Such as Locking the Cabinet to the Ref Planes. (Note: To get this line based family to work this time I did have to re-do this locking after I constrained the objects to the upcoming parameters, (last time IPage 10 of 20

A+ Revit FamiliesJay B Zallan, BIM Director, Perkowitz+Ruth Architects & Studio111

showed a colleague this it worked fine, without re-locking...It's all about process and order of steps) so be ready for the family to potentially fight you as you go...Flex every step of the way so it's not too painful.) Align & Lock using the align tool, obviously

Align & Lock to the insertion point (Yes, the intersection of these Ref Planes is the insertion point, so if you need an offset insertion please be aware of that): Such as if the length wants to incorporate a countertop side overhang, etc we are not including such overhangs herein to maintain a bit of intended clarity.

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A+ Revit FamiliesJay B Zallan, BIM Director, Perkowitz+Ruth Architects & Studio111

Locking the cabinet

Where are now? Step 4? No matter the next step may seem odd no matter the number. Array the cabinet 3 times; constrained, grouped & associated. Then select one of the array group members and select the Array Control Line, (the odd part is the Array Control Line disappears when you're able to select it) add the parameter "NUMBER OF CABINETS" (similar to the one that follows the next image) and it will then be associated to the array. Below is an image of the Control Line selected...The oddity is that the Control Line seems to disappear or at least go invisible when hovering over it, so if you want to select it (and we do) and that control line disappears then click there, you are sure to select it since it looks like you can't. Yes that IS what I said. Perhaps at I can get an answer from a developer as to why this is the case...If I ever bother to ask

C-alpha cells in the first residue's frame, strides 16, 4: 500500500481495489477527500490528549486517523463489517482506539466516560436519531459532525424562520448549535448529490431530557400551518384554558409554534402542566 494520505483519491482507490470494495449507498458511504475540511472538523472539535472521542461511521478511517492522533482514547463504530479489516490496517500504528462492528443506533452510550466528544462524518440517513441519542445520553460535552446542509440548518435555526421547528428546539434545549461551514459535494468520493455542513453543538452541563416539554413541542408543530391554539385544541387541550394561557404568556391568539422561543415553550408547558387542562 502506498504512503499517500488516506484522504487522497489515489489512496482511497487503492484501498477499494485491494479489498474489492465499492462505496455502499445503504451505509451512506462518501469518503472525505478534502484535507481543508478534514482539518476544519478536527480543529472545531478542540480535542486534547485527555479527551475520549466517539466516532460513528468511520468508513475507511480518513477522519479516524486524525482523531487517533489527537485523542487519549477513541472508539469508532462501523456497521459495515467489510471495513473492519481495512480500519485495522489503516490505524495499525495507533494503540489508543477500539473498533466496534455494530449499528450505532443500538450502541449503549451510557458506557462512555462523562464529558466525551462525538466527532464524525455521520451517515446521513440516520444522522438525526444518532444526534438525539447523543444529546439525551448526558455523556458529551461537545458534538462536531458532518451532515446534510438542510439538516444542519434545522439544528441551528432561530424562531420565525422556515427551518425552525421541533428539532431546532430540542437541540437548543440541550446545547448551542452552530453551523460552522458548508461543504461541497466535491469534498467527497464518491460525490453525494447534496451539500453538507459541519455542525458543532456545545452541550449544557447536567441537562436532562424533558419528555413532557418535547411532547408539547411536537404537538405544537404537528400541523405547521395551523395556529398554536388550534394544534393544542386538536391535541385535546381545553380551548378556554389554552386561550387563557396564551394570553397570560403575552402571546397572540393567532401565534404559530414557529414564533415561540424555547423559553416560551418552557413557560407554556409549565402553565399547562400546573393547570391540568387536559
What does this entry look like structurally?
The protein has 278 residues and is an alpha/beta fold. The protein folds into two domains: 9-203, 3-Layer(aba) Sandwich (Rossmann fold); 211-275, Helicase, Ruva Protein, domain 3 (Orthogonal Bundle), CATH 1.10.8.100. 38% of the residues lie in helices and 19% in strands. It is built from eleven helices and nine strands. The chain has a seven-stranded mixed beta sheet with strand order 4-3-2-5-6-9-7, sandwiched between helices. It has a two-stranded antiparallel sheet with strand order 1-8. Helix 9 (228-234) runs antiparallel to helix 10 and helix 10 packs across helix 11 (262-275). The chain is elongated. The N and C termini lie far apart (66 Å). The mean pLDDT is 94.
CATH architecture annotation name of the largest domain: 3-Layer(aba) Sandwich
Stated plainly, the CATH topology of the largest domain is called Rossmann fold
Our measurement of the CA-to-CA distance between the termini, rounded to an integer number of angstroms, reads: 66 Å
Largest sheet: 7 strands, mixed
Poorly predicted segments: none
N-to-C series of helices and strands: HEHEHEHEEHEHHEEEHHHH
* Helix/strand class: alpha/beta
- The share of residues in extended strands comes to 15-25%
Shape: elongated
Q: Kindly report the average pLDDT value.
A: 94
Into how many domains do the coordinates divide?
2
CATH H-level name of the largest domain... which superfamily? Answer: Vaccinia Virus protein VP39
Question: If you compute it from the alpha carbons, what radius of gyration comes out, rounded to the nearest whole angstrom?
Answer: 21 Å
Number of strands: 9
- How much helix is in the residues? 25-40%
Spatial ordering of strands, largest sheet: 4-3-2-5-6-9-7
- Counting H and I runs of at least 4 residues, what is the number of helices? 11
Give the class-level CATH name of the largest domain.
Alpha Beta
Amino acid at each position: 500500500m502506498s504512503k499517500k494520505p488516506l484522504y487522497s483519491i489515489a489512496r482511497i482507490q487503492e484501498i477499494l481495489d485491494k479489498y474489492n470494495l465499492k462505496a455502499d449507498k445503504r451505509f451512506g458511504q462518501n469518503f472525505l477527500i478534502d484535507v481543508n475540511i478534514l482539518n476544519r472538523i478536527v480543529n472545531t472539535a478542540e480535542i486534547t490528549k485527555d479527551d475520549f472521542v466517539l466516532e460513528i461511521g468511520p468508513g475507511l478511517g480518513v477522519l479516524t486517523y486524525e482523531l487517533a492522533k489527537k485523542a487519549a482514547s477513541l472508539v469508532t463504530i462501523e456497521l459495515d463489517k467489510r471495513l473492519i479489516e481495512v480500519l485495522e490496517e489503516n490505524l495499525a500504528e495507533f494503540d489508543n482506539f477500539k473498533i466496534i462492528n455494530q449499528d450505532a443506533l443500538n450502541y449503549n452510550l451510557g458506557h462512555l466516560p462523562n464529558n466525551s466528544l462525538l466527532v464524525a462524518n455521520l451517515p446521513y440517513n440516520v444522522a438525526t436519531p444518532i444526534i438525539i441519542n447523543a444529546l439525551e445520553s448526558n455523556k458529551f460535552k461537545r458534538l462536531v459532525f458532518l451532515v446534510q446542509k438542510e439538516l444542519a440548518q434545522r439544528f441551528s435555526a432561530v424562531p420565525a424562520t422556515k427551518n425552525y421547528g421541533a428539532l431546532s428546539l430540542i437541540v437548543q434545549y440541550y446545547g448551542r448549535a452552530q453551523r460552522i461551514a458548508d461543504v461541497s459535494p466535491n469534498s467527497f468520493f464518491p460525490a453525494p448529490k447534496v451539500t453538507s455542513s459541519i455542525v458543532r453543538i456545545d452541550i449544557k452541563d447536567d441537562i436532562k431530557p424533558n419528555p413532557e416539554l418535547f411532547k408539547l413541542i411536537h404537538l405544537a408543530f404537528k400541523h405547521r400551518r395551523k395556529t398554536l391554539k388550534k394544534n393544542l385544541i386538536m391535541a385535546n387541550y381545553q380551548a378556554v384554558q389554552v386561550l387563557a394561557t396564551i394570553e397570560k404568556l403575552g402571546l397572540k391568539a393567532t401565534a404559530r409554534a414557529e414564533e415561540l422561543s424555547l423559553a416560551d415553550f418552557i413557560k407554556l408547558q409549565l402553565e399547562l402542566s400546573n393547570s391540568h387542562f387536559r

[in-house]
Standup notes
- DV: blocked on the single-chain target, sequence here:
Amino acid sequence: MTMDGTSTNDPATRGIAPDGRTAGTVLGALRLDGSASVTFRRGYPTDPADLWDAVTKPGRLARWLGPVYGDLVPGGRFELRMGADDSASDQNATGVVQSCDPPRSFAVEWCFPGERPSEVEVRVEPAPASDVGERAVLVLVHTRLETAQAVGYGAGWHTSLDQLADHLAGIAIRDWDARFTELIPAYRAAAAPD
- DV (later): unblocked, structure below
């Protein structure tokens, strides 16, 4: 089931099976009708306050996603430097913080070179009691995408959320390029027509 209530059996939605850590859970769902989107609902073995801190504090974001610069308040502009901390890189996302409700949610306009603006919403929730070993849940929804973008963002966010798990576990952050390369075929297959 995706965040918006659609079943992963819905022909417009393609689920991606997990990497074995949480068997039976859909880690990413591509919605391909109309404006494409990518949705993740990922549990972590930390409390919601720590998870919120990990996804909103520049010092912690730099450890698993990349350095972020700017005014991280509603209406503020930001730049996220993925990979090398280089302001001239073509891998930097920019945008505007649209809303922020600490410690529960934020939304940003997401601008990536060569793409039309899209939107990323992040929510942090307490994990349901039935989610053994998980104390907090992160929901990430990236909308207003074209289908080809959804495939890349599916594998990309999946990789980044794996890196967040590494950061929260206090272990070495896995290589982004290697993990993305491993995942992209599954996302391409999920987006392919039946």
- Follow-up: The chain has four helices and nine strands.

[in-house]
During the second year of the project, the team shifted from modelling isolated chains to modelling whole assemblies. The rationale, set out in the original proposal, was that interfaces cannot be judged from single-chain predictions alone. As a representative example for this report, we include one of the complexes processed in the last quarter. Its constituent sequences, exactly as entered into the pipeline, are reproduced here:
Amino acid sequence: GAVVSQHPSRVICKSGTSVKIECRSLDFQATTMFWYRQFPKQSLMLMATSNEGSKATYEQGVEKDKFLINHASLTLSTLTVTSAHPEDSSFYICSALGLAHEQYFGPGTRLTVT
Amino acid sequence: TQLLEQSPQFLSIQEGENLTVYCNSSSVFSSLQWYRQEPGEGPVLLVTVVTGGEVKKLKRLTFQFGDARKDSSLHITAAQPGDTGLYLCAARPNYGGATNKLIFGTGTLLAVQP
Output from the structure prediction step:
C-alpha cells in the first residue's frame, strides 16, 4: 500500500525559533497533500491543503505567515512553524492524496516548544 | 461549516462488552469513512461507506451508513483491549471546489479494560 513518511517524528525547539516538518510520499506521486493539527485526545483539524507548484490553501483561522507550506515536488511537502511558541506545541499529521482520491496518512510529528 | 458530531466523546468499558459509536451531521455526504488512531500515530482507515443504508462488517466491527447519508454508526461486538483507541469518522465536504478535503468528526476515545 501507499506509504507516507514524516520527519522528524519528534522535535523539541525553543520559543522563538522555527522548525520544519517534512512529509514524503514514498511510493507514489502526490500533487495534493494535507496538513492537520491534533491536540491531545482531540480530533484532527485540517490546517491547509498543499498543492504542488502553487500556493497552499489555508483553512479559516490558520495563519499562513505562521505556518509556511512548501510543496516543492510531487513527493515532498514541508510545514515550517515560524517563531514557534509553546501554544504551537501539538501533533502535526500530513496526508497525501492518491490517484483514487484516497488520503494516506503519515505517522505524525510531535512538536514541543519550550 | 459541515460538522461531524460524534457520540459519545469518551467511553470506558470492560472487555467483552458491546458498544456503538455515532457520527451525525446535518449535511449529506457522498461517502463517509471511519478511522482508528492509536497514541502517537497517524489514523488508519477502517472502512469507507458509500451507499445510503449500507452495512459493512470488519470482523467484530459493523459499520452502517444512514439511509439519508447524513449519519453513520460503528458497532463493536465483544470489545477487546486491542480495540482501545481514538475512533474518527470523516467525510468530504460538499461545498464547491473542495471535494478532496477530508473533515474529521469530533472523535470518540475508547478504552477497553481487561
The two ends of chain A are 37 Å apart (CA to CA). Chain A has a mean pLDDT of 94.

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A+ Revit FamiliesJay B Zallan, BIM Director, Perkowitz+Ruth Architects & Studio111

Below is the "NUMBER OF CABINETS" parameter setup:

5) -Or is it 11?...Anyways, again Via clicking the "Family Types..." button we can and must set up the following additional, necessaryPage 13 of 20

A+ Revit FamiliesJay B Zallan, BIM Director, Perkowitz+Ruth Architects & Studio111

Parameters "CABINET SPACING" and "MAX CABINET SPACING" thus:

This last parameter (MAX CABINET SPACING) we associate to the dimension below:Page 14 of 20

A+ Revit FamiliesJay B Zallan, BIM Director, Perkowitz+Ruth Architects & Studio111